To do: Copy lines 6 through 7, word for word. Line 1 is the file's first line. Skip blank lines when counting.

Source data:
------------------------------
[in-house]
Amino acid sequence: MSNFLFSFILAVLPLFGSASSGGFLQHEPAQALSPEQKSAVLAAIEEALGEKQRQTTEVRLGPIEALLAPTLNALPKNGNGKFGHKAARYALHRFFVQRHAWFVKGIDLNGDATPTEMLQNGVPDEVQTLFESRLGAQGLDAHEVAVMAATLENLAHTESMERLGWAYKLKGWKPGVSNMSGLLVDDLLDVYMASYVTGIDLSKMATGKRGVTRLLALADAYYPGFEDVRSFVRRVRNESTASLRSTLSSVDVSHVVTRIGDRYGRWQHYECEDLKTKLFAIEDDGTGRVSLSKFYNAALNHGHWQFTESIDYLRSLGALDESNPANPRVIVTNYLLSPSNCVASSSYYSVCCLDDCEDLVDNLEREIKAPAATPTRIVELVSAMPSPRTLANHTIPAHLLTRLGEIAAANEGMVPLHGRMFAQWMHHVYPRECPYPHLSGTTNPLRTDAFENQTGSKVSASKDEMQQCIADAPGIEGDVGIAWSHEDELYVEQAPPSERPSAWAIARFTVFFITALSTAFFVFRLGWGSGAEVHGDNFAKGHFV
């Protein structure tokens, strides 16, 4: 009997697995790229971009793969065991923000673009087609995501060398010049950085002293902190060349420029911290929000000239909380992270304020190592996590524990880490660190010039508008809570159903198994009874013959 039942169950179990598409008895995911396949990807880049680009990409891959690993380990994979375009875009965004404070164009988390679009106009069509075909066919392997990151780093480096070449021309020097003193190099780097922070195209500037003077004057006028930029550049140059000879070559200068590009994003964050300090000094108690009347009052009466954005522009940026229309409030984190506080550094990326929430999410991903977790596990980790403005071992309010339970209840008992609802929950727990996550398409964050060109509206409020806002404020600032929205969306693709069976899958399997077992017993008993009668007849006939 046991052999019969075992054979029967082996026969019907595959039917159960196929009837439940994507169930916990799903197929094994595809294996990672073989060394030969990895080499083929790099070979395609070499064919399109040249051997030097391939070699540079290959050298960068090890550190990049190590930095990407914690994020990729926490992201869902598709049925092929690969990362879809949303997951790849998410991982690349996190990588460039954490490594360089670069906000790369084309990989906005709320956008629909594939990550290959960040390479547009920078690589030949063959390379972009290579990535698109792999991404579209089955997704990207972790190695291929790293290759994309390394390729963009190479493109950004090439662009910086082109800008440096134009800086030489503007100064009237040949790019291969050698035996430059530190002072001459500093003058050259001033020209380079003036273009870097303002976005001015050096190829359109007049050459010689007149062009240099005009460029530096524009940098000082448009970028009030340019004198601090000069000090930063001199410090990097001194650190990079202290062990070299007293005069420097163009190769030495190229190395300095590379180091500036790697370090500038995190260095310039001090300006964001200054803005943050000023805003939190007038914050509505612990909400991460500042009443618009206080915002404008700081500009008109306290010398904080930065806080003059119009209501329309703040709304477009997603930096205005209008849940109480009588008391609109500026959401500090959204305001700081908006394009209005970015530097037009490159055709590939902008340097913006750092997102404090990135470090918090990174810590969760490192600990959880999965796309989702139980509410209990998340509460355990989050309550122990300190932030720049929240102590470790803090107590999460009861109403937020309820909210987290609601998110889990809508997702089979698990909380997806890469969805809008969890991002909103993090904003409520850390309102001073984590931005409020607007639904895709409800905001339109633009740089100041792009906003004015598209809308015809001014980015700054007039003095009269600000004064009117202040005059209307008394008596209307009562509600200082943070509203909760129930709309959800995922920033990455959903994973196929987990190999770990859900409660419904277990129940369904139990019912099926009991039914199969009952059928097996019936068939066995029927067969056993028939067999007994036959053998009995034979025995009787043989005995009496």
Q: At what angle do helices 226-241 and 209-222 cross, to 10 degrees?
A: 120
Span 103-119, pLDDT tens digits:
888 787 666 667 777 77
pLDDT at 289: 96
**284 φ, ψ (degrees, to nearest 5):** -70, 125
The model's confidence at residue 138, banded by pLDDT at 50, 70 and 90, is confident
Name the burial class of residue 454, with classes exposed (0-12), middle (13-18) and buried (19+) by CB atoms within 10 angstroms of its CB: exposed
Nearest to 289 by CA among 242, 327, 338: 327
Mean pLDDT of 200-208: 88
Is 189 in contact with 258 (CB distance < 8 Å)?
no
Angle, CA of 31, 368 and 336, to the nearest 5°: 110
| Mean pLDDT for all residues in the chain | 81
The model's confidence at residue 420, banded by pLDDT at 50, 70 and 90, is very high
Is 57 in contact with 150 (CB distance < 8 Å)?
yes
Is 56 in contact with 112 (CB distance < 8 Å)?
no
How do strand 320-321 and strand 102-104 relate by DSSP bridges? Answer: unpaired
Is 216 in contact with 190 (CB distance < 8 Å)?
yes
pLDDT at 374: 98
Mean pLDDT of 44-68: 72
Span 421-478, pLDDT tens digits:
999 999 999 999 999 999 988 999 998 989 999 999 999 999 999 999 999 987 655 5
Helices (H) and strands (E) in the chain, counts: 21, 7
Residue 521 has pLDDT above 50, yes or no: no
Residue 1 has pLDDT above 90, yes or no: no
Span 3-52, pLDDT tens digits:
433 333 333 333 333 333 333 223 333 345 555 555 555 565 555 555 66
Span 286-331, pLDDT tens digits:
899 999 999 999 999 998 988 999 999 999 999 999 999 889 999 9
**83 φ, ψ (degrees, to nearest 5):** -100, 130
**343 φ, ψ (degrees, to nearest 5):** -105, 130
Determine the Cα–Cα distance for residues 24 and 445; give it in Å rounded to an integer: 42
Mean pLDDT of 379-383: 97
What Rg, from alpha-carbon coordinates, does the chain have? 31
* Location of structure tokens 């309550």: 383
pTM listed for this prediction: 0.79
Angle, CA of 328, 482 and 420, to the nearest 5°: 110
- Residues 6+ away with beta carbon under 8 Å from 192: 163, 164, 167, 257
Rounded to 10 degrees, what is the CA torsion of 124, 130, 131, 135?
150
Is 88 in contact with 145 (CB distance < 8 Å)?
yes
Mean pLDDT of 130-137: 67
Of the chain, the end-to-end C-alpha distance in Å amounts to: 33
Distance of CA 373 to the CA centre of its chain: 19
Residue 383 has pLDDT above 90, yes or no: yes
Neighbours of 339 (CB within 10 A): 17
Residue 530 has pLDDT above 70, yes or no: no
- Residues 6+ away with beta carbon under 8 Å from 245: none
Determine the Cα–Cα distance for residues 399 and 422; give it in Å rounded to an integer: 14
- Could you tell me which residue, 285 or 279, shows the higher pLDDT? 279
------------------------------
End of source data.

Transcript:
Span 103-119, pLDDT tens digits:
888 787 666 667 777 77